In its first legislative response to the Supreme Court ruling overturning Roe v. Wade, Democratic leaders voted to pass a resolution to restore abortion rights across the country. Due to the 50-50 split in the Senate, the bill has a slight chance of becoming law. Yet, with the court’s decision, lawmakers, governors, and legislatures grapple with its impact as they prepare to vote. There were 219 votes for and 210 votes against the legislation.
The legislative votes in the US seem to be in favor of legalizing abortion. The house has voted to restore abortion rights nationwide. The new law can prevent punishment for women or children who want to travel to another state for an abortion.#AbortionRights pic.twitter.com/utOiNVMc7r
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House members also passed a second bill, 223-205, prohibiting punishing women or children who travel for abortions in another state. Earlier this month, the Supreme Court overturned Roe v. Wade, an essential pillar of the constitutional rights.” said Speaker of the House Nancy Pelosi. An extremist court now has the right to limit women’s rights fifty years after the first fight for the most basic rights of Americans.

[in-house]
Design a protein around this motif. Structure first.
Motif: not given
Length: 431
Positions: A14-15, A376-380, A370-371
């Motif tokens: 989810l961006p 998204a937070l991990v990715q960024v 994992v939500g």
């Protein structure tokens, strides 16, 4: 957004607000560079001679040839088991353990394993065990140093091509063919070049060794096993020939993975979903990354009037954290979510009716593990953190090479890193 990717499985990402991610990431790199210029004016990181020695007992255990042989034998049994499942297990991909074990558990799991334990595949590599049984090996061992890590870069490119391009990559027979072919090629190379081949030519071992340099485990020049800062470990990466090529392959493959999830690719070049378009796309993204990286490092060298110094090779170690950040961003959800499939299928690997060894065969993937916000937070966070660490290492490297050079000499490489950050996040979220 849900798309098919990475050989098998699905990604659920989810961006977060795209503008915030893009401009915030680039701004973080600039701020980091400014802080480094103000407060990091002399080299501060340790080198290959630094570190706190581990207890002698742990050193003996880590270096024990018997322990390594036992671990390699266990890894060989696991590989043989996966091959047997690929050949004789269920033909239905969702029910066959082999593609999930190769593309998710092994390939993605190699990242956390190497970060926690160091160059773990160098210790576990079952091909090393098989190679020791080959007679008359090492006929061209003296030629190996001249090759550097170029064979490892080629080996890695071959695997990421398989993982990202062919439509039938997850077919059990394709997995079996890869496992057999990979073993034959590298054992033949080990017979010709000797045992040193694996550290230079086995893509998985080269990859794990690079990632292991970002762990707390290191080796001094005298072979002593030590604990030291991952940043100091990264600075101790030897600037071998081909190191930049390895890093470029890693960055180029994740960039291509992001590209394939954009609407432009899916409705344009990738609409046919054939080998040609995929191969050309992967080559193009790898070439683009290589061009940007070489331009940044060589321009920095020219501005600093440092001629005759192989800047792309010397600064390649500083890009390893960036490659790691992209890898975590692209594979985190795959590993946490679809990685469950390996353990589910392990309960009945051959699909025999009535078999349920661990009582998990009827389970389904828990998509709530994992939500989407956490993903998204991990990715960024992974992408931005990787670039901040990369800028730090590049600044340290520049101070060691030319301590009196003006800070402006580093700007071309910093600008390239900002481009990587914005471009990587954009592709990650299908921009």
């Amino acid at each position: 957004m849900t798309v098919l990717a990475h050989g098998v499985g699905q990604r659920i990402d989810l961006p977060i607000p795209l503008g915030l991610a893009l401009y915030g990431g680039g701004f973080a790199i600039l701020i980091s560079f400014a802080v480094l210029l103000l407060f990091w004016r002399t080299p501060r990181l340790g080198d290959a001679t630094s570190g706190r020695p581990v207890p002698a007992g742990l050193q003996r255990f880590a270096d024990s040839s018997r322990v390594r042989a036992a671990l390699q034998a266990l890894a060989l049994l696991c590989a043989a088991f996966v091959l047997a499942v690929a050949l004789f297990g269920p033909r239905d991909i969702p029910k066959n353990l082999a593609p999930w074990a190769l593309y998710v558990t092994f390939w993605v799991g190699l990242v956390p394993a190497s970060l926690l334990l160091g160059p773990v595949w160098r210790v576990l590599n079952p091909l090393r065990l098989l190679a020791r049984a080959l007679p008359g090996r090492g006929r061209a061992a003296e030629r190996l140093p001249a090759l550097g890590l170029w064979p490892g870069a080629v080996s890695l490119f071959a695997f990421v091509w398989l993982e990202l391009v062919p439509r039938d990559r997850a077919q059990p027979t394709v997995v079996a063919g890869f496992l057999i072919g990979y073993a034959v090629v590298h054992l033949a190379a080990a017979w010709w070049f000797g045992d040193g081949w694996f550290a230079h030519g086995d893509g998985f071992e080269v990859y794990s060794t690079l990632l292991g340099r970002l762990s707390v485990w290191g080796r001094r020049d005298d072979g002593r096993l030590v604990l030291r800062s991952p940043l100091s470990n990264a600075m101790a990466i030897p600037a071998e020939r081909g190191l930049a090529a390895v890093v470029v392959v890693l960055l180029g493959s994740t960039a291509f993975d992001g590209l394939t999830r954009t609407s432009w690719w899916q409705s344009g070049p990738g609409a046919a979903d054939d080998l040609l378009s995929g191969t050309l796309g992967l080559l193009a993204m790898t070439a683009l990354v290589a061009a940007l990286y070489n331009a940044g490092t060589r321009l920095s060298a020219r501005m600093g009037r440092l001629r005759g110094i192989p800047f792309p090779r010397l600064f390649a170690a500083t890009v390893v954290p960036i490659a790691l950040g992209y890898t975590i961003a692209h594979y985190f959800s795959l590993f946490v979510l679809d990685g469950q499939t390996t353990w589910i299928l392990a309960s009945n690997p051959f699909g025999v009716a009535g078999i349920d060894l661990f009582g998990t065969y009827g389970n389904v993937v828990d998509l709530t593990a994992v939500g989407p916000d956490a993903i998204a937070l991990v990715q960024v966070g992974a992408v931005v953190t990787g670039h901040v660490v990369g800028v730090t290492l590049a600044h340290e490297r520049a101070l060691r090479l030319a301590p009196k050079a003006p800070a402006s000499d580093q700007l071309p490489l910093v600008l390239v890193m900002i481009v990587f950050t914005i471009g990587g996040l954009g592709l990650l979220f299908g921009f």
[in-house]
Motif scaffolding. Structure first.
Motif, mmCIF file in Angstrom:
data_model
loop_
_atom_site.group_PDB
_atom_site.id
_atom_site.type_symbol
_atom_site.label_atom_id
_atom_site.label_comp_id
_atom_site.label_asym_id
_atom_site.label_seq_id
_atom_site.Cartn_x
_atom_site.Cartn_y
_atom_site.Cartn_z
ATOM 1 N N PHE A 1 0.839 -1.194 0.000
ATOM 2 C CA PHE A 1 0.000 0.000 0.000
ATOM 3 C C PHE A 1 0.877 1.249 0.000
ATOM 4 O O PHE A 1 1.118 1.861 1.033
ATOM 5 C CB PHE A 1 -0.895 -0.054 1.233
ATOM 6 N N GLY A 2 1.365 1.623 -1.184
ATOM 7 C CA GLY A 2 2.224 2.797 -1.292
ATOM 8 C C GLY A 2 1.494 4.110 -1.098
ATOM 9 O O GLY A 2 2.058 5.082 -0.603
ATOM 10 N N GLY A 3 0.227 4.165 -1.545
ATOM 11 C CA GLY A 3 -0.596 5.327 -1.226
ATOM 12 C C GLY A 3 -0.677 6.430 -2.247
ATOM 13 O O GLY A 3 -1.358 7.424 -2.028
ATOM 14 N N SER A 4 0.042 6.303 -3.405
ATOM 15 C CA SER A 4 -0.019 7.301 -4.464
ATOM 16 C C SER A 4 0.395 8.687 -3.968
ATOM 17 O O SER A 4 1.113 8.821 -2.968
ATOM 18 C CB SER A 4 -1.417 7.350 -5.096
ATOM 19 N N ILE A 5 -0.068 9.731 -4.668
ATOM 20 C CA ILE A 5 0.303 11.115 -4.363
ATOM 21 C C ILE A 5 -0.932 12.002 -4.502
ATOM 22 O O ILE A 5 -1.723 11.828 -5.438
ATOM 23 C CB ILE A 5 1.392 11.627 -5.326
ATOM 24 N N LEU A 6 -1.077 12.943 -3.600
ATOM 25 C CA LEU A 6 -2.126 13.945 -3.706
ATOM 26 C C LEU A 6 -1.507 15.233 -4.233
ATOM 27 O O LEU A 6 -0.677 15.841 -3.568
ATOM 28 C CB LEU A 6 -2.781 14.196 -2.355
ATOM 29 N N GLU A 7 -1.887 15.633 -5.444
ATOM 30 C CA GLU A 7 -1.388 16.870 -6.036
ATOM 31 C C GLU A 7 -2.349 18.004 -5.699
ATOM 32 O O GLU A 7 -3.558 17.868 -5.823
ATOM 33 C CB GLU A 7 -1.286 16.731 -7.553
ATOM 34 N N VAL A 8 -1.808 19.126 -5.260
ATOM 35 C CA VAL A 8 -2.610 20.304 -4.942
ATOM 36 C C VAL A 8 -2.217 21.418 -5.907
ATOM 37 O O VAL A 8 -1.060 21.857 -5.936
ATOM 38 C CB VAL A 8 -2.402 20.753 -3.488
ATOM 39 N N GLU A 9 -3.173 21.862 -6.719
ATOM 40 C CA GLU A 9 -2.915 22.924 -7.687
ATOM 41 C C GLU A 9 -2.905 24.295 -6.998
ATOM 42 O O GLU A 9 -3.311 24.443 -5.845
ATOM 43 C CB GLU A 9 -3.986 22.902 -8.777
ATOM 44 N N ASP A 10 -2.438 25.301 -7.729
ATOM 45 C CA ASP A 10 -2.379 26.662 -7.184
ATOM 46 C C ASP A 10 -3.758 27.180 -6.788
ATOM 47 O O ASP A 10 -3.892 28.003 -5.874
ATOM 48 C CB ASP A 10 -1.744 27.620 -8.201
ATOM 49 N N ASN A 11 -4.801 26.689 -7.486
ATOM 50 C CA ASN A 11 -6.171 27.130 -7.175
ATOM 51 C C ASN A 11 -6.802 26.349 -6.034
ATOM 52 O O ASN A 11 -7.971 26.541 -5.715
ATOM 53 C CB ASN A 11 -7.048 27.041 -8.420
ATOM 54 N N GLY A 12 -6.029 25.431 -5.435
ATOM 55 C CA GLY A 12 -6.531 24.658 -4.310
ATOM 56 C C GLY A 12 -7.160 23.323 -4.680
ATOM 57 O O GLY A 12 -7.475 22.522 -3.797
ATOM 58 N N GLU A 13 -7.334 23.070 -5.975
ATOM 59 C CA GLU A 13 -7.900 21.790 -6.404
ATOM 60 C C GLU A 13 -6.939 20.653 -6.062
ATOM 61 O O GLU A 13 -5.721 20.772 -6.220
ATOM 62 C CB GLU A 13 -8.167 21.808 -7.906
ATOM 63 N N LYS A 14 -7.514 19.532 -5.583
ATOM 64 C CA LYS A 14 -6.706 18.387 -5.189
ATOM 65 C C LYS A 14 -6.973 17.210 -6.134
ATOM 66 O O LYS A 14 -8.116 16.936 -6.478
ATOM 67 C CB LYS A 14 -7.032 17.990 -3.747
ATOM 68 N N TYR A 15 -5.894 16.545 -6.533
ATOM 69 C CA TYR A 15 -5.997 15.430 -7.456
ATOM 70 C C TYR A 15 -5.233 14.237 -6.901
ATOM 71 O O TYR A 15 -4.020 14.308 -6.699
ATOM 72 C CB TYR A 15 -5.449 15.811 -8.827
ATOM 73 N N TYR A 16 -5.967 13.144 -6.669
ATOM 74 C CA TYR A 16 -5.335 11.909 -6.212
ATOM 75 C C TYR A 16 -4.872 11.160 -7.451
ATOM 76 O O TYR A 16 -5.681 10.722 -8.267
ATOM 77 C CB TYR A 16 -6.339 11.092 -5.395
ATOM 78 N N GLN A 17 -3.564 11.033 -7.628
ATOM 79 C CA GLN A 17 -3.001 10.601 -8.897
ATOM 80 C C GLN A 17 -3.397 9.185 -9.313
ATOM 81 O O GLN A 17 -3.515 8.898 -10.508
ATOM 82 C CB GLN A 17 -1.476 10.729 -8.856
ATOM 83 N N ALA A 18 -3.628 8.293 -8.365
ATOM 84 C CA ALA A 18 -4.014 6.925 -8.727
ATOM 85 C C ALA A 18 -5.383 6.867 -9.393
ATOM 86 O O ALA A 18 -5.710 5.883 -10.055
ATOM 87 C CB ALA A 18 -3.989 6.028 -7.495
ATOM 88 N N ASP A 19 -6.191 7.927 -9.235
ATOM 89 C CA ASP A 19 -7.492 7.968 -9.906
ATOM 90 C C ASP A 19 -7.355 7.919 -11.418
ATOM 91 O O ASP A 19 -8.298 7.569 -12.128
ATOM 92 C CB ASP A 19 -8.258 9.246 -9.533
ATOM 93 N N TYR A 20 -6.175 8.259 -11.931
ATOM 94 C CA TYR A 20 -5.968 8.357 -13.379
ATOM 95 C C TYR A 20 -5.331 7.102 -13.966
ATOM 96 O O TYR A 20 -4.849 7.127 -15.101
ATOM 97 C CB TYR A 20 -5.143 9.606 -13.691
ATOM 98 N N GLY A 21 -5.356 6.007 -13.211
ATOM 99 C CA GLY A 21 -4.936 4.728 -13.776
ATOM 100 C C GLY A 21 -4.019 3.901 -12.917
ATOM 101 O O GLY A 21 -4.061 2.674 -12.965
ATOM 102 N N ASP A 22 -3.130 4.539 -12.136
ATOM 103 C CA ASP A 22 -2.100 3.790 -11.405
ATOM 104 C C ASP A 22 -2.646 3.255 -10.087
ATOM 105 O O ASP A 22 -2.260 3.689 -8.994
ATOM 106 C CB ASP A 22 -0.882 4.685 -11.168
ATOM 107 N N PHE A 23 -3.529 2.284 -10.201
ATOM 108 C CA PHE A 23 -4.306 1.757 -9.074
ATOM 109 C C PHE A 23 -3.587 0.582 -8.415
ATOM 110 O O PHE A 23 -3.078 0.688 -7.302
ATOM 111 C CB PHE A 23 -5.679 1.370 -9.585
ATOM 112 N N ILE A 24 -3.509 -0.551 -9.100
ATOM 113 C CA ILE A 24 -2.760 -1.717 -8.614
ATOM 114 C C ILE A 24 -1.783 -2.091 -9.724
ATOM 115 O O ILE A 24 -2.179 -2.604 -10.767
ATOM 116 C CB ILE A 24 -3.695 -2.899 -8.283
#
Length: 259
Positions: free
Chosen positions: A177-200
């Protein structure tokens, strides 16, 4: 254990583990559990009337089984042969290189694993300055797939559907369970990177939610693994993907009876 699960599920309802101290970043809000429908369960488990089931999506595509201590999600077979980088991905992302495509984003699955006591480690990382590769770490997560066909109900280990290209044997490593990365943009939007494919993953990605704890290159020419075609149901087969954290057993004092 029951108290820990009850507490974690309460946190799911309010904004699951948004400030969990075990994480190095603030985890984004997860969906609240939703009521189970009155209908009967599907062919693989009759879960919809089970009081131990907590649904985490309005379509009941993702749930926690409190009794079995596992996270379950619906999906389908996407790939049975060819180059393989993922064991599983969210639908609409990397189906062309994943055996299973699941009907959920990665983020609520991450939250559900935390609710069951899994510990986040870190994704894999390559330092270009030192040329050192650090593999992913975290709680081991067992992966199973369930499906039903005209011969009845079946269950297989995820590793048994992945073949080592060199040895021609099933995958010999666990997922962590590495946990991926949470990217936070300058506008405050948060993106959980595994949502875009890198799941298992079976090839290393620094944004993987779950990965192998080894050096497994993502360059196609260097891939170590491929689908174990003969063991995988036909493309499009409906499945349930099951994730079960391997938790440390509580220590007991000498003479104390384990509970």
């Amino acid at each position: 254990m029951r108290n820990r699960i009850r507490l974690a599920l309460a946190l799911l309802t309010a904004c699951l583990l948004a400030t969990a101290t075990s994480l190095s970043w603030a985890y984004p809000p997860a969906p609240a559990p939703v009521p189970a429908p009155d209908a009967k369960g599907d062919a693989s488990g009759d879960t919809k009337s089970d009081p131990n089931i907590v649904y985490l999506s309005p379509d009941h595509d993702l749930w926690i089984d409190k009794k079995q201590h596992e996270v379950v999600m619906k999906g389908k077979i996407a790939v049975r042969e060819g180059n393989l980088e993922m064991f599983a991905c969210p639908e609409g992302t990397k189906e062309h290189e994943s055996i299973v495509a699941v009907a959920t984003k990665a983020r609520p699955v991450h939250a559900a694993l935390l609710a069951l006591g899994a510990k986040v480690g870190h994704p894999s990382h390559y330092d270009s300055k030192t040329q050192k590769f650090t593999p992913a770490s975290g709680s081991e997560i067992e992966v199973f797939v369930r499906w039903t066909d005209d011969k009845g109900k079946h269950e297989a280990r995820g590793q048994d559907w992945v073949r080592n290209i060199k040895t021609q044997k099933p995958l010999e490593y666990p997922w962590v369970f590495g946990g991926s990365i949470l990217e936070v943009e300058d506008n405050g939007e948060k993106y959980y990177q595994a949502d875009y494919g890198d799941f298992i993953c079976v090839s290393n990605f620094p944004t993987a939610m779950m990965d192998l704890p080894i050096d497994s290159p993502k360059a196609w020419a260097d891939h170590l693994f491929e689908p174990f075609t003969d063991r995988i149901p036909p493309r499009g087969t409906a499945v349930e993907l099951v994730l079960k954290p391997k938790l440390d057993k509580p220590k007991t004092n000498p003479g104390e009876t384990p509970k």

Republican representatives strongly opposed both bills, praising the Supreme Court’s decision and saying they would further legalize abortion than Roe ever did. “Abortion is the greatest human rights issue for the generation,” Washington GOP Representative Cathy McMorris Rodgers urged her colleagues to vote no.
Outcomes of Ruling
She said neither the Democratic legislation nor its provisions protect women’s health. Instead, a radical agenda is being imposed on the American people. Since the Supreme Court overturned Roe, states have gained the authority to enact strict abortion limits, including some previously deemed unconstitutional. Around half of the U.S. states are likely to ban abortions due to the ruling.
The House passed the bill for a second time, expanding Roe’s protections by banning restrictive measures that supporters say prevent women from accessing safe and affordable abortions. Preventing abortion bans earlier than 24 weeks, when fetal viability, or a human fetus’ ability to survive outside of the womb, is generally believed to begin, would prevent bans earlier than 24 weeks.
Only two GOP senators have supported abortion rights but do not endorse the Democrats’ proposal because they claim it is too broad and far-reaching. Instead, the group introduced alternative legislation that, among other provisions, prohibits states from enforcing abortion laws without first determining the viability of the fetus.
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